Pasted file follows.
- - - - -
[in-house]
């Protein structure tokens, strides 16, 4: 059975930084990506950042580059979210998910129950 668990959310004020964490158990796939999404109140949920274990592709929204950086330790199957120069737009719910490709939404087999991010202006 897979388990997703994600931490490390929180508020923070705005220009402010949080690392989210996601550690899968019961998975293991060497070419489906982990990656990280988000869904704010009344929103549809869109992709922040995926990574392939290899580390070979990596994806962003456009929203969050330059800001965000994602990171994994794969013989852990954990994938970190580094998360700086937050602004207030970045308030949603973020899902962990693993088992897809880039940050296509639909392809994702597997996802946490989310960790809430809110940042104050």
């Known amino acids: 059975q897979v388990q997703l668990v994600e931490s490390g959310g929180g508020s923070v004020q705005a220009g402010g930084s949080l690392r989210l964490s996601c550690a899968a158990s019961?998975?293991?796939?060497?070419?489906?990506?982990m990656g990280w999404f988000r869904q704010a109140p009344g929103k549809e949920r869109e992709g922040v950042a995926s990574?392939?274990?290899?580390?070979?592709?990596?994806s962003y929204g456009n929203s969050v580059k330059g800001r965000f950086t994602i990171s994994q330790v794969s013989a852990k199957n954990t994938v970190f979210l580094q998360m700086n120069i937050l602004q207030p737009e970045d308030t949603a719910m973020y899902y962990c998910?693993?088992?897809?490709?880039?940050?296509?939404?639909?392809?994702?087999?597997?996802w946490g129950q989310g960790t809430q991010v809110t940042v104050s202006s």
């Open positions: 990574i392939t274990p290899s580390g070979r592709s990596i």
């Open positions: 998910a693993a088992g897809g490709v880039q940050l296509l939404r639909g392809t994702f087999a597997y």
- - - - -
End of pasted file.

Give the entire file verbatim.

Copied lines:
[in-house]
């Protein structure tokens, strides 16, 4: 059975930084990506950042580059979210998910129950 668990959310004020964490158990796939999404109140949920274990592709929204950086330790199957120069737009719910490709939404087999991010202006 897979388990997703994600931490490390929180508020923070705005220009402010949080690392989210996601550690899968019961998975293991060497070419489906982990990656990280988000869904704010009344929103549809869109992709922040995926990574392939290899580390070979990596994806962003456009929203969050330059800001965000994602990171994994794969013989852990954990994938970190580094998360700086937050602004207030970045308030949603973020899902962990693993088992897809880039940050296509639909392809994702597997996802946490989310960790809430809110940042104050």
């Known amino acids: 059975q897979v388990q997703l668990v994600e931490s490390g959310g929180g508020s923070v004020q705005a220009g402010g930084s949080l690392r989210l964490s996601c550690a899968a158990s019961?998975?293991?796939?060497?070419?489906?990506?982990m990656g990280w999404f988000r869904q704010a109140p009344g929103k549809e949920r869109e992709g922040v950042a995926s990574?392939?274990?290899?580390?070979?592709?990596?994806s962003y929204g456009n929203s969050v580059k330059g800001r965000f950086t994602i990171s994994q330790v794969s013989a852990k199957n954990t994938v970190f979210l580094q998360m700086n120069i937050l602004q207030p737009e970045d308030t949603a719910m973020y899902y962990c998910?693993?088992?897809?490709?880039?940050?296509?939404?639909?392809?994702?087999?597997?996802w946490g129950q989310g960790t809430q991010v809110t940042v104050s202006s």
């Open positions: 990574i392939t274990p290899s580390g070979r592709s990596i």
């Open positions: 998910a693993a088992g897809g490709v880039q940050l296509l939404r639909g392809t994702f087999a597997y």